Book Image

Mastering KVM Virtualization - Second Edition

By : Vedran Dakic, Humble Devassy Chirammal, Prasad Mukhedkar, Anil Vettathu
Book Image

Mastering KVM Virtualization - Second Edition

By: Vedran Dakic, Humble Devassy Chirammal, Prasad Mukhedkar, Anil Vettathu

Overview of this book

Kernel-based Virtual Machine (KVM) enables you to virtualize your data center by transforming your Linux operating system into a powerful hypervisor that allows you to manage multiple operating systems with minimal fuss. With this book, you'll gain insights into configuring, troubleshooting, and fixing bugs in KVM virtualization and related software. This second edition of Mastering KVM Virtualization is updated to cover the latest developments in the core KVM components - libvirt and QEMU. Starting with the basics of Linux virtualization, you'll explore VM lifecycle management and migration techniques. You’ll then learn how to use SPICE and VNC protocols while creating VMs and discover best practices for using snapshots. As you progress, you'll integrate third-party tools with Ansible for automation and orchestration. You’ll also learn to scale out and monitor your environments, and will cover oVirt, OpenStack, Eucalyptus, AWS, and ELK stack. Throughout the book, you’ll find out more about tools such as Cloud-Init and Cloudbase-Init. Finally, you'll be taken through the performance tuning and troubleshooting guidelines for KVM-based virtual machines and a hypervisor. By the end of this book, you'll be well-versed with KVM virtualization and the tools and technologies needed to build and manage diverse virtualization environments.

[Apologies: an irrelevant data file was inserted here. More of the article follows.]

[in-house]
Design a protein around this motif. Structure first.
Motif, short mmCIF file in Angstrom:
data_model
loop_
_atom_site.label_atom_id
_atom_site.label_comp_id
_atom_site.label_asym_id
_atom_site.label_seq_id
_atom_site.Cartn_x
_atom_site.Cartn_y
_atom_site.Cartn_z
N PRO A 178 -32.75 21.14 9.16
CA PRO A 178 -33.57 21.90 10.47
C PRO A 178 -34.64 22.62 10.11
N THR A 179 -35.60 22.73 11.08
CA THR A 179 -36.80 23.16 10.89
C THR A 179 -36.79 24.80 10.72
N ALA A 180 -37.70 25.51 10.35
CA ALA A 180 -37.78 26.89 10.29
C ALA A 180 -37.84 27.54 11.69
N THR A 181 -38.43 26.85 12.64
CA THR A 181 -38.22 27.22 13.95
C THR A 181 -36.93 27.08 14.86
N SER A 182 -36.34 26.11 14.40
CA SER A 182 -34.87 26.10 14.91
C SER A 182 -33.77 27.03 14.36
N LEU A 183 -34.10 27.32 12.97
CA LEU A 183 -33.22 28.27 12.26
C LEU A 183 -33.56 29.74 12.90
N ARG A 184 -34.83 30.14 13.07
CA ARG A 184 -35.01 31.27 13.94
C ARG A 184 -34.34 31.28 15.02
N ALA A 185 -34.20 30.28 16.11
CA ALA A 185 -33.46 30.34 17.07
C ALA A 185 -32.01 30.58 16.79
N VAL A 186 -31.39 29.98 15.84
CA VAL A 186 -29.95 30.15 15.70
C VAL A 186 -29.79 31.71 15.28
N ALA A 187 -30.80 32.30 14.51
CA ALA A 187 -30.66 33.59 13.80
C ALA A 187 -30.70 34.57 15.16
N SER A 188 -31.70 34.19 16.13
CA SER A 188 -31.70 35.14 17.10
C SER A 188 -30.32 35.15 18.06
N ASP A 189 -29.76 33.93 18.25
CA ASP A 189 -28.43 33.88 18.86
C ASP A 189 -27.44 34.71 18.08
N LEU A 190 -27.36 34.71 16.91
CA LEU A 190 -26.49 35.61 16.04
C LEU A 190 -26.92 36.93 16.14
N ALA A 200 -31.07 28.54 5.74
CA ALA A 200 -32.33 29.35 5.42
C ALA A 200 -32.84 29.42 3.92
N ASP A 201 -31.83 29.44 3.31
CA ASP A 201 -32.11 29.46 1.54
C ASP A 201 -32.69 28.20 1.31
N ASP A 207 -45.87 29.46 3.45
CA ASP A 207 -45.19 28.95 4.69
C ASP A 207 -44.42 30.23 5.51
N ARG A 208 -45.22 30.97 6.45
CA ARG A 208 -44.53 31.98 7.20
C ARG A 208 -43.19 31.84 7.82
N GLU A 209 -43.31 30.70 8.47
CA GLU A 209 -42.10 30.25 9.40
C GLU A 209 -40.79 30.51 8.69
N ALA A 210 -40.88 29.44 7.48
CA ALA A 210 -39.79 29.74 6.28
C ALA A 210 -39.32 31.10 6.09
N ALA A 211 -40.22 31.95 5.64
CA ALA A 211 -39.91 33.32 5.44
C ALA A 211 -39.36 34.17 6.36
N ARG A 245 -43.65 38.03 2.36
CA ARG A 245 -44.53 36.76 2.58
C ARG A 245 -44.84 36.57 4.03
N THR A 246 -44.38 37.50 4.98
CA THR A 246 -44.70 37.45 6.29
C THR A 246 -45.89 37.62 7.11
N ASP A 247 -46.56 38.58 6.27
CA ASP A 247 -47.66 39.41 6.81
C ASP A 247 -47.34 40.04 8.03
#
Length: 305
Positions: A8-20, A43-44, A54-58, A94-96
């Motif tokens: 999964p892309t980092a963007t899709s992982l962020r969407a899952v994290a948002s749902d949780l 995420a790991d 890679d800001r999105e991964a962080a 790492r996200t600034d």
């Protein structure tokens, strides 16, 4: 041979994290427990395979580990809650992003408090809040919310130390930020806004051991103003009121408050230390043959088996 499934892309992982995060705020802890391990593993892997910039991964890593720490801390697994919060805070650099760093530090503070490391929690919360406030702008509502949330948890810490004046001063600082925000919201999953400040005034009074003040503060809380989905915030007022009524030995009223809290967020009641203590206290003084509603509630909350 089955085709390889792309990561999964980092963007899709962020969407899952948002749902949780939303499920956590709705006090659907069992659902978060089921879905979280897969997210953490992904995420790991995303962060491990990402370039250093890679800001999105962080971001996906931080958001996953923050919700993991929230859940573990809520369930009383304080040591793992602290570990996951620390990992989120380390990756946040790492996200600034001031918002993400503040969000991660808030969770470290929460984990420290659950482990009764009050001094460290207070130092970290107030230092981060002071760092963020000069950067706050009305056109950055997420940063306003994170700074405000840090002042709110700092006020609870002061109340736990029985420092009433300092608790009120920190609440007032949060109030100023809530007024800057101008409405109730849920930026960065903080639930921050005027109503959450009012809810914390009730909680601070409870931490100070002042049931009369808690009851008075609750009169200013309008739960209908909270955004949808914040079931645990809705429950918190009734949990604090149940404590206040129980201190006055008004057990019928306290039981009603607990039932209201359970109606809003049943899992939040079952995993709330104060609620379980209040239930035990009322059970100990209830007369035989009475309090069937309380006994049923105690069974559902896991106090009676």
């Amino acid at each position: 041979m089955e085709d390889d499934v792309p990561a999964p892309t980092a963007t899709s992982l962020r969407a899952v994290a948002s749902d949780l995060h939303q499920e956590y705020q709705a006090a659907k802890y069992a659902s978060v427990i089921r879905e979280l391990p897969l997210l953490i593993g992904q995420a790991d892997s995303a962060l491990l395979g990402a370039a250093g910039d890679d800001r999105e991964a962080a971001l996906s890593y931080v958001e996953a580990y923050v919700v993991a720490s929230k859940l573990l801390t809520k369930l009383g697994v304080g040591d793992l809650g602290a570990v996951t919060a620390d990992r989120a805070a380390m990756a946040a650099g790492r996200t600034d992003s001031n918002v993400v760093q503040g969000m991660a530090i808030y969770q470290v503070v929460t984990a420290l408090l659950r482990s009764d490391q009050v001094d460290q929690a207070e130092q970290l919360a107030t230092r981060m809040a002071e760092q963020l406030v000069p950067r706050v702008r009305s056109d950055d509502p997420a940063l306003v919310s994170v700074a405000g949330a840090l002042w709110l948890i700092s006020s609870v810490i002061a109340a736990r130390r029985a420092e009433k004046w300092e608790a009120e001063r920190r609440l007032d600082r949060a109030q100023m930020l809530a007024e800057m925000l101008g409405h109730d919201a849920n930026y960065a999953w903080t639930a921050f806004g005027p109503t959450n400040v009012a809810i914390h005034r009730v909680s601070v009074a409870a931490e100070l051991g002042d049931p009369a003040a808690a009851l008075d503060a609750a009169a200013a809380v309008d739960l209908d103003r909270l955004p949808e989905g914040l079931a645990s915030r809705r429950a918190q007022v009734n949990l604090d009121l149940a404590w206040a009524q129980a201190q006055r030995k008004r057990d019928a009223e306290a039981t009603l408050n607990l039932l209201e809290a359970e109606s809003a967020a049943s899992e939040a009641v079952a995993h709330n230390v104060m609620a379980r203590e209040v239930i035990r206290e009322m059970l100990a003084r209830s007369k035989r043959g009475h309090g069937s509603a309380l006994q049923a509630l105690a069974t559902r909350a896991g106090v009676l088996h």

Table of Contents (22 chapters)
Section 1: KVM Virtualization Basics
Section 2: libvirt and ovirt for Virtual Machine Management
Section 3: Automation, Customization, and Orchestration for KVM VMs
Section 4: Scalability, Monitoring, Performance Tuning, and Troubleshooting

Understanding macvtap

This module works like a combination of the tap and macvlan modules. We already explained what the tap module does. The macvlan module enables us to create virtual networks that are pinned to a physical network interface (usually, we call this interface a lower interface or device). Combining tap and macvlan enables us to choose between four different modes of operation, called Virtual Ethernet Port Aggregator (VEPA), bridge, private, and passthru.

If we're using the VEPA mode (default mode), the physical switch has to support VEPA by supporting hairpin mode (also called reflective relay). When a lower device receives data from a VEPA mode macvlan, this traffic is always sent out to the upstream device, which means that traffic is always going through an external switch. The advantage of this mode is the fact that network traffic between virtual machines becomes visible on the external network, which can be useful for a variety of reasons. You can check...